Charlie (Sam Waterston) and Don (Thomas Sadoski) watch over the broadcast.

Charlie (Sam Waterston) and Don (Thomas Sadoski) watch over the broadcast.


There is something so infuriating about the way The Newsroom often chooses to tell (preach) their stories that it can manage to put me on edge. The sanctimonious tone in which it tries to tell us how smart and good-hearted and damaged their characters are is almost more tiresome than the actual content-which this week included Troy Davis, the 9/11 memorial and the beginning surge of the Occupy movement. Again it’s Aaron Sorkin believing that his viewers are too inept to have opened a newspaper, clicked an NPR link or watched even The Daily Show in the last two years so not only is he trying to deliver entertainment but he’s also trying to educate us, which is enraging.

The whiplash this show gives me from loving it to hating it is absurd.

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The characters are all over the place this week; Jim is on the road, Neal on the streets of New York and Maggie is heading to Africa or what I’d like to label “the storyline most likely to turn out terribly.” There’s a lot going on, a lot of forward motion as the one hour takes us from August 2011 through September. Jim is now being let on the bus, Sloan and Elliot have hosted the 9/11 memorial and Neal has seen firsthand how the Occupy movement turned from peaceful to a misconstrued riot in mere minutes.

Crazy amounts of stuff can happen when the showrunners have no clear purpose.

There’s obviously one continuous plot happening which is the Genoa storyline that breaks more headway this week as Jerry Not Jim tells Mackenzie that Genoa was an operation where U.S soldiers used sarin gas (nerve gas which has been labeled as a weapon of mass destruction) on around fifty civilians. Mac understandably doubts it but Jerry Not Jim convinces her to let him pursue it for a while longer and what he finds makes it impossible for Mac to ignore. Jerry Not Jim makes contact with a man who claims he was there when the attack was made—making Genoa a war crime of massive proportions. It’s a very interesting topic due to it being an original idea and the heinous actions it’s presenting but it’s also being rushed so we’ll have to see what the next week will bring.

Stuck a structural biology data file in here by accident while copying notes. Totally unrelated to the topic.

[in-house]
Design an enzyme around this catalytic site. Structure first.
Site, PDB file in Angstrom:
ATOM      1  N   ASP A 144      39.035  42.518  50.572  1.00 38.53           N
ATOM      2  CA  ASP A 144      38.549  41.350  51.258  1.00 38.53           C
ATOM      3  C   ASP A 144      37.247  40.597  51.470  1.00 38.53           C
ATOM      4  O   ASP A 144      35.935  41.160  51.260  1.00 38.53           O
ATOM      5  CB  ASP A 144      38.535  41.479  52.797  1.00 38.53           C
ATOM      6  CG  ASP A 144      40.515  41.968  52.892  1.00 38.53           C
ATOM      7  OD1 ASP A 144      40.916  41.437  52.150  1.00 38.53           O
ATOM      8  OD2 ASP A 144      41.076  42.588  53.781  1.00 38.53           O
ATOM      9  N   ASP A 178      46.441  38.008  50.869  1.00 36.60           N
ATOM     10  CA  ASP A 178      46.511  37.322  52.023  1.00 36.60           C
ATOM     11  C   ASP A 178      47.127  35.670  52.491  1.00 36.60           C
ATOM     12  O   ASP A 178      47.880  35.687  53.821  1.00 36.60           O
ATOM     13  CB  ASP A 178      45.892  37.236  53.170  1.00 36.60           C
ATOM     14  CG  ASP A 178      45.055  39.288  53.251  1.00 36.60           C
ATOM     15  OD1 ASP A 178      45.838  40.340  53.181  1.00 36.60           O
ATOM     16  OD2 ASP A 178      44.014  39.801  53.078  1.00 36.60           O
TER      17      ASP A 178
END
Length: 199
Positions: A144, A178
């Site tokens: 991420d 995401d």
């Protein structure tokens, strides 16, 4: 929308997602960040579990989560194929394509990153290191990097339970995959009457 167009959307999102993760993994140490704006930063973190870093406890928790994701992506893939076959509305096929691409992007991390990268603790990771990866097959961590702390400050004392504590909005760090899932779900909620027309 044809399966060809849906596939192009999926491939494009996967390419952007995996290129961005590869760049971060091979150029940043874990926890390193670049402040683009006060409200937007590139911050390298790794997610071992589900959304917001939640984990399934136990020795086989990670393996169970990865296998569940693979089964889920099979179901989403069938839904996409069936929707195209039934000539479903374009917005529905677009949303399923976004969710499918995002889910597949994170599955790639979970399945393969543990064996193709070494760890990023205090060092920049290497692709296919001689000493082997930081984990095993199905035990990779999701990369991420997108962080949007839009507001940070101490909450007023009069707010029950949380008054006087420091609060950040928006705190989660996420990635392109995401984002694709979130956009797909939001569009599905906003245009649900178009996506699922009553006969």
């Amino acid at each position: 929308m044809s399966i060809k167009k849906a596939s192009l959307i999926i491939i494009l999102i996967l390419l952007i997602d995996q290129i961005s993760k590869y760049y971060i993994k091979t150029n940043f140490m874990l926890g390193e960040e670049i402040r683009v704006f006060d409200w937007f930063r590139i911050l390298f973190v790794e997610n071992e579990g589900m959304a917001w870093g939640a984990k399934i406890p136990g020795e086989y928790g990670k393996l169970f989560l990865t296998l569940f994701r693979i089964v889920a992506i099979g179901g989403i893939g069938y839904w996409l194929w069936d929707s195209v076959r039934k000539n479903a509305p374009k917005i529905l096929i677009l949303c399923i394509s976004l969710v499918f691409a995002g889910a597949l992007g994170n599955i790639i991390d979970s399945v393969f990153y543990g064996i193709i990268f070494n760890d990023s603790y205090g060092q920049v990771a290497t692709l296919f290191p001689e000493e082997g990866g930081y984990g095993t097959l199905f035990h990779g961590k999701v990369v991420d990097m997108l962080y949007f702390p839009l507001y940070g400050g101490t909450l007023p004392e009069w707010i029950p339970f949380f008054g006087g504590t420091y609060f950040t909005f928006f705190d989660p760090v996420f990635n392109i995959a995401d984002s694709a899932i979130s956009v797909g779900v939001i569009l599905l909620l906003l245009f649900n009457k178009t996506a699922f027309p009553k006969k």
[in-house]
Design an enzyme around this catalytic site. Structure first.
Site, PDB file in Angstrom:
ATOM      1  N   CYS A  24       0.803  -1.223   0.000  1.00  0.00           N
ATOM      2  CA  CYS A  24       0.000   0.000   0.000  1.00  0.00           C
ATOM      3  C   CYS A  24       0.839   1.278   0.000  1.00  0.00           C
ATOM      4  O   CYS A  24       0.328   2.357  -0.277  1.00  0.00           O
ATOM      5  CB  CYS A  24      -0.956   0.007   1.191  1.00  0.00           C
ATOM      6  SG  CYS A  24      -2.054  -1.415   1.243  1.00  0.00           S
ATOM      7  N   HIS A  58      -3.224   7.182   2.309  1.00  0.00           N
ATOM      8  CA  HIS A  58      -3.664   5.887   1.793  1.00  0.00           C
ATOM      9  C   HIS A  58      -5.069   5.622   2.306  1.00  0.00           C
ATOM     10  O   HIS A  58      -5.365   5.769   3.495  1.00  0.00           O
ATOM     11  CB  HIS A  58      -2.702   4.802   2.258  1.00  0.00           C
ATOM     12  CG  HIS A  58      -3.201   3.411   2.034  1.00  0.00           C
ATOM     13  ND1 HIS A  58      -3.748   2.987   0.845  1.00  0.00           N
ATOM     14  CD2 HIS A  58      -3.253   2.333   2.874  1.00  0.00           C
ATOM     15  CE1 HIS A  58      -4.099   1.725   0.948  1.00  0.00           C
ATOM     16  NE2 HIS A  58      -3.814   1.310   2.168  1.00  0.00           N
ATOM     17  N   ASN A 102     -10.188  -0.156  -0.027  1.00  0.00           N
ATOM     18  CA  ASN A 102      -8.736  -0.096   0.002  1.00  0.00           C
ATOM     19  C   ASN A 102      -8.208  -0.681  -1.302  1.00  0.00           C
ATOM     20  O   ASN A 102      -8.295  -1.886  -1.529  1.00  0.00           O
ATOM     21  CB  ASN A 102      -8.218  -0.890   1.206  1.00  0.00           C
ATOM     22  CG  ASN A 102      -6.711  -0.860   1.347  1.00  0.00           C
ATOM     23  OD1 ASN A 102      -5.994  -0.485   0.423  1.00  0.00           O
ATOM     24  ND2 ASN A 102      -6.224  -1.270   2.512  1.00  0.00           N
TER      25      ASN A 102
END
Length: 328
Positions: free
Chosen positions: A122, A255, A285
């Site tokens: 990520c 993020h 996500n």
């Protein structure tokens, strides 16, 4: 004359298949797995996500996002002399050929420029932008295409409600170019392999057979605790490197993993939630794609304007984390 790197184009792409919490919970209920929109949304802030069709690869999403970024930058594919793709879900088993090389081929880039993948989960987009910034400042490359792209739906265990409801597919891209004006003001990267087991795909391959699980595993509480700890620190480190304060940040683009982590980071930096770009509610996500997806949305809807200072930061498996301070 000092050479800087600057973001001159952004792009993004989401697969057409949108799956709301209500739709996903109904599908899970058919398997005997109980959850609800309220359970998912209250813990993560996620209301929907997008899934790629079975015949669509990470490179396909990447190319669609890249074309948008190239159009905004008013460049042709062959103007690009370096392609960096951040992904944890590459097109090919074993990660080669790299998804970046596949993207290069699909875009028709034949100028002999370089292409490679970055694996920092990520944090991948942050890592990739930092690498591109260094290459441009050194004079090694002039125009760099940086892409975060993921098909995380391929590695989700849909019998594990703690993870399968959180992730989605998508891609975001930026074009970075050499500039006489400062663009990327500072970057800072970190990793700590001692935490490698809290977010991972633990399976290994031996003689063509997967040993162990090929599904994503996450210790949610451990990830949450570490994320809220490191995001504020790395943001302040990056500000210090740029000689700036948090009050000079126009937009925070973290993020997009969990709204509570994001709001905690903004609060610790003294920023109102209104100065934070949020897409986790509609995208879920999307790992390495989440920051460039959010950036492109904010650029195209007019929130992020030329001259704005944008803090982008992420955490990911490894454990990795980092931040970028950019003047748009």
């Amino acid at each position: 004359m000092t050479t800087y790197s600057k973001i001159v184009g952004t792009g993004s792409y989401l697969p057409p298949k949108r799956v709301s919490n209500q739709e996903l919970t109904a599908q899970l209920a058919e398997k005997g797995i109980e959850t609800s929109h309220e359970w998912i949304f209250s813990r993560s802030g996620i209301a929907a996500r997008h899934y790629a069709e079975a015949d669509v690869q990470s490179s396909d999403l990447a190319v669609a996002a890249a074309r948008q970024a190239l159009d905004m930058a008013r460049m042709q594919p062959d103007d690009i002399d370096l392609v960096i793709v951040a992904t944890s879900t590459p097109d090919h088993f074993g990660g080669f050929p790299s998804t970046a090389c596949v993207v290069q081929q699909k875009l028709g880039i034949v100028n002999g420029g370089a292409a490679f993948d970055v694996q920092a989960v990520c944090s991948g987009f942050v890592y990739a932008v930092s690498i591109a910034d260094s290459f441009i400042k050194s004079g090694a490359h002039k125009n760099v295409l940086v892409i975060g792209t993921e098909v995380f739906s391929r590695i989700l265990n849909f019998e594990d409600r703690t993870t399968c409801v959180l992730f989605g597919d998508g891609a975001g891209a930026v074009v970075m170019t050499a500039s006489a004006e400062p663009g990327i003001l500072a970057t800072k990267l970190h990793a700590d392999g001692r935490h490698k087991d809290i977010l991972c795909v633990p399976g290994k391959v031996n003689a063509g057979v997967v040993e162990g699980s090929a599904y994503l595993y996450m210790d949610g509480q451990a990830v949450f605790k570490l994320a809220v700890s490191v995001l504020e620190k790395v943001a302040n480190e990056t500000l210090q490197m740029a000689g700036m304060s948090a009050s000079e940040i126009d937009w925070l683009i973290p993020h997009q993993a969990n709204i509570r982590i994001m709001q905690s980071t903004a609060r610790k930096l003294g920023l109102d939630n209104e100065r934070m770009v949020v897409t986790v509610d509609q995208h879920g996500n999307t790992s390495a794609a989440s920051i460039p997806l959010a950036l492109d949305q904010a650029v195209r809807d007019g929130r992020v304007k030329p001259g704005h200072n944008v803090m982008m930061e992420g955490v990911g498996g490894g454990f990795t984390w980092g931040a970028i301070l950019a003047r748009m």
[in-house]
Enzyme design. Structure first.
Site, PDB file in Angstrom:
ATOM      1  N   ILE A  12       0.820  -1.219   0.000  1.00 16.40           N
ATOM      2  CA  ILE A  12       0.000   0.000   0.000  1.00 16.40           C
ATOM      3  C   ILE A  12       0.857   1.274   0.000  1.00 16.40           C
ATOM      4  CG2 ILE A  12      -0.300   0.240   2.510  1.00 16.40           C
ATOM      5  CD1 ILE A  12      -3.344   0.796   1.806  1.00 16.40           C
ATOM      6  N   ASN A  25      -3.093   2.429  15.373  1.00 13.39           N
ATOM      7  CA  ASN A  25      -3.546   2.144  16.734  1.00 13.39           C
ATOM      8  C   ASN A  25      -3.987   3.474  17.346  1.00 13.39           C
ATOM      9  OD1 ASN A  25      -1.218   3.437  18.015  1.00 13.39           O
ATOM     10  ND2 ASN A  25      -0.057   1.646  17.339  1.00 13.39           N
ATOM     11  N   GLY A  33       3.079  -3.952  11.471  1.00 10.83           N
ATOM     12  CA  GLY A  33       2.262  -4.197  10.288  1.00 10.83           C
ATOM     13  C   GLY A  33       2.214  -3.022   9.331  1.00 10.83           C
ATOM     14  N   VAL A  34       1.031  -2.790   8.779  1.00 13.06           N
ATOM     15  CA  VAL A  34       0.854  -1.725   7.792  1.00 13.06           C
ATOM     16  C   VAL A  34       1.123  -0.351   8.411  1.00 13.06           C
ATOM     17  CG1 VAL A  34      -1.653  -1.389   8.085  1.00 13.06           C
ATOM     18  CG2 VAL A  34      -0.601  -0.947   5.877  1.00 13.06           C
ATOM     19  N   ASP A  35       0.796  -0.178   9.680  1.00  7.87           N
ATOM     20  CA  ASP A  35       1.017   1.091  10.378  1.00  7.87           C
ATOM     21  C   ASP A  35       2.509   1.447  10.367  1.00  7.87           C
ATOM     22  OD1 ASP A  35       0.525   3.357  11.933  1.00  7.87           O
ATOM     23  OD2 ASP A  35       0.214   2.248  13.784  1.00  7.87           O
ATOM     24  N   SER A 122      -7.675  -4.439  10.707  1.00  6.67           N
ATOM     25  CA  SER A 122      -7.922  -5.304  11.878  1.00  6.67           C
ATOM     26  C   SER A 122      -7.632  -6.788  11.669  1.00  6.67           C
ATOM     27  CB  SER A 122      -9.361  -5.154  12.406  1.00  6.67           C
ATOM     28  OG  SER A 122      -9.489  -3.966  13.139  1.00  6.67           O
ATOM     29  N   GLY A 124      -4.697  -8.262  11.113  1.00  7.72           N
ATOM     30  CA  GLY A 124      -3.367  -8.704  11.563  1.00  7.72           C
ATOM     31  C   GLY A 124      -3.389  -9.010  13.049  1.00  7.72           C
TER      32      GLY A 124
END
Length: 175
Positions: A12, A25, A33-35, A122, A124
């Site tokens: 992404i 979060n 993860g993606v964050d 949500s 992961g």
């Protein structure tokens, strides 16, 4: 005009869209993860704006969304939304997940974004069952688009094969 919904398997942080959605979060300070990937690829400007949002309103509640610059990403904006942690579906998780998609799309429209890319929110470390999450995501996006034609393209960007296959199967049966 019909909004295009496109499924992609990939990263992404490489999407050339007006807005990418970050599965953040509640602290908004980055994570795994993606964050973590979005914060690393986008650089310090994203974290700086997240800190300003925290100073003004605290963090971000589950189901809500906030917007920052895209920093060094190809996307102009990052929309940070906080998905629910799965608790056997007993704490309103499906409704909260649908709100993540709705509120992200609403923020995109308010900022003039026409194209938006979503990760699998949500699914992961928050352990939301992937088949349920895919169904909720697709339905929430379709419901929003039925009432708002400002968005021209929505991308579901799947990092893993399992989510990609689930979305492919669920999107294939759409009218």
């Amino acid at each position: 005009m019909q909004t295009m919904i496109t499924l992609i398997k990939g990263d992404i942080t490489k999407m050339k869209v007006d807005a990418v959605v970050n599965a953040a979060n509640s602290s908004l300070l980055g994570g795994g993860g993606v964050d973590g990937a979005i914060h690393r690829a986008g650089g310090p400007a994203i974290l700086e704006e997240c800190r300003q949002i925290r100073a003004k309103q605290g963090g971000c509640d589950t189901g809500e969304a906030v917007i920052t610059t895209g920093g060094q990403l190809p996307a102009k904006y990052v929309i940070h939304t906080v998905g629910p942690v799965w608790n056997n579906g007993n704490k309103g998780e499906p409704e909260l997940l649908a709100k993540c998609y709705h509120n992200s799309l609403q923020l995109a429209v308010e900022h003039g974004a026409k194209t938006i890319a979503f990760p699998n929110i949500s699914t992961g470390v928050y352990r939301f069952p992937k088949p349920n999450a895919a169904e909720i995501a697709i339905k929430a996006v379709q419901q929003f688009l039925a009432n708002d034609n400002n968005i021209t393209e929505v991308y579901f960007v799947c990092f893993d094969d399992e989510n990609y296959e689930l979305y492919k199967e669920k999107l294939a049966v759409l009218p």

Neal’s subplot is also, sadly, being rushed  because why give Dev Patel the meat of the story when you can just use his storyline as a catalyst for Will’s issues.

Oh, because that what every character is ever.

There is such potential for this storyline! Neal is the one who desperately still wants (and needs) to break into the investigative journalism field. He’s one of the youngest—a target Occupy audience—and one who’s greatly connected to the media world. It would make sense to put him on this storyline and let him run with it but instead his time is cut short so that Will can yell at someone again.

The storyline that is taking up too much time and space as always is the whole shenanigans with Jim and Maggie that literally nobody has or ever will care about. Might I remind people how talented Alison Pill and the Tony Award-winning John Gallagher Jr. are? Because with the material they’re being handed you’d never guess it.

One of the most uncomfortable portions of the show was the scene between Maggie and Lisa. I’d spent most of the hour thrilled that we were being given some friendship moments between Sloan and Maggie rather than tension because of the whole Don fiasco. So to be ambushed with a fight between a pair of friends was saddening especially considering everything that Lisa said was entirely true. Maggie had spent the last year living in a world where her problems were her own and nobody else’s; what she did had no effect on Don, on Lisa, even Jim because like all of us humans when we’re caught in some emotional duress we do think of ourselves and how we’re feeling. So Maggie gets a tongue lashing from Lisa not because she’s in love with Jim but because she lied about it, used Lisa as someone who could safely date Jim without the latter falling in love with her. Lisa was a precaution so that some other girl wouldn’t come and swoop him away. It was selfish and it was hurtful but this is the first time we’ve been told by the show to feel so—up until this point we too (whether we enjoyed the triangle or not) were invested in Maggie’s point of view and her happiness and Lisa was simply a casualty of it all.